THE SIEGE AND RELIËF OF LEYDEN IN 1574 111
to find a passage for the flotilla elsewhere? Bitter as this. was, it was the only plan that now remained, and the council of war decided to folio w it.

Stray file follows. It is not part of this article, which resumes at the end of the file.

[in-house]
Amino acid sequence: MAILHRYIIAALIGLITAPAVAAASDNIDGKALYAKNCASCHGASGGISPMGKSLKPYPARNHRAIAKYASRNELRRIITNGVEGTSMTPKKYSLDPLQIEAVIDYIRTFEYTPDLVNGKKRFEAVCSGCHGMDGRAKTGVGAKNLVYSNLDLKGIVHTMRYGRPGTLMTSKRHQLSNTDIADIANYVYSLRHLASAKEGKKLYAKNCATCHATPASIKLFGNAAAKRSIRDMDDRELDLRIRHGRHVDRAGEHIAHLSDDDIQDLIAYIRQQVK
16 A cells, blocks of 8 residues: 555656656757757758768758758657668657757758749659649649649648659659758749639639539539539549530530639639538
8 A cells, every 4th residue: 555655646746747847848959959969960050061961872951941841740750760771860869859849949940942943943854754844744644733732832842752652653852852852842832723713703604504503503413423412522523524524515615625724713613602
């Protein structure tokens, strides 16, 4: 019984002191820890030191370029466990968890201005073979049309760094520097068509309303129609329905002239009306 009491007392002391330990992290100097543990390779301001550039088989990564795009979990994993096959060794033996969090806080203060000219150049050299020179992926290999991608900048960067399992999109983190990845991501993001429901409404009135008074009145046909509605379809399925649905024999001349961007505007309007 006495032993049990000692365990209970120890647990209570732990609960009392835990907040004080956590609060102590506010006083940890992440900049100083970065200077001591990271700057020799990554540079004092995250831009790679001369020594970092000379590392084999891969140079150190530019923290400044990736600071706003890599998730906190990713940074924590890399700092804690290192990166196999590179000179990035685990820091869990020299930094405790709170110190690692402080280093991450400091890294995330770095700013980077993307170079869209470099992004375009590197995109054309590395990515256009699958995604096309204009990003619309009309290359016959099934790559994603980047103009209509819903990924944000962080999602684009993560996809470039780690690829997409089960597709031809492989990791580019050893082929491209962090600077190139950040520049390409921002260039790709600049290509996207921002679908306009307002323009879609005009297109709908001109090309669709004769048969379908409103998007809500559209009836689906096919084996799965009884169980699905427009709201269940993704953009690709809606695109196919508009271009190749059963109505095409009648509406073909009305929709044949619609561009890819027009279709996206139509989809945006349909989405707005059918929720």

If the Dutch commanders had been able to read the letters sent by Valdez about that time to the Governor at Brussels describing his condition and prospects, their courage would certainly have risen. As early as September the 15th he had written that the water was steadily rising, and that if it continued to do so, he would soon be obliged to abandon the outermost line of his siegeworks. This statement acquired a deep significance when on the 18th, the day after the fight, a strong wind rose from the North-West and blew persistently for two days, accompanied by heavy rain-storms, so that the water rose still higher. This would have made but little difference to the Hollanders and Zeelanders. If it had been they, who had to defend the Voorweg, they would have been able to hold the position, even when it was under a few inches of water; and so it did not occur to them that the Spaniards would look upon it in such a different light. Gradual experience alone taught them to understand and profit by the Spanish hydrophobia; for the time being they could only judge the enemy by what they feit themselves. Not for a moment did they suspect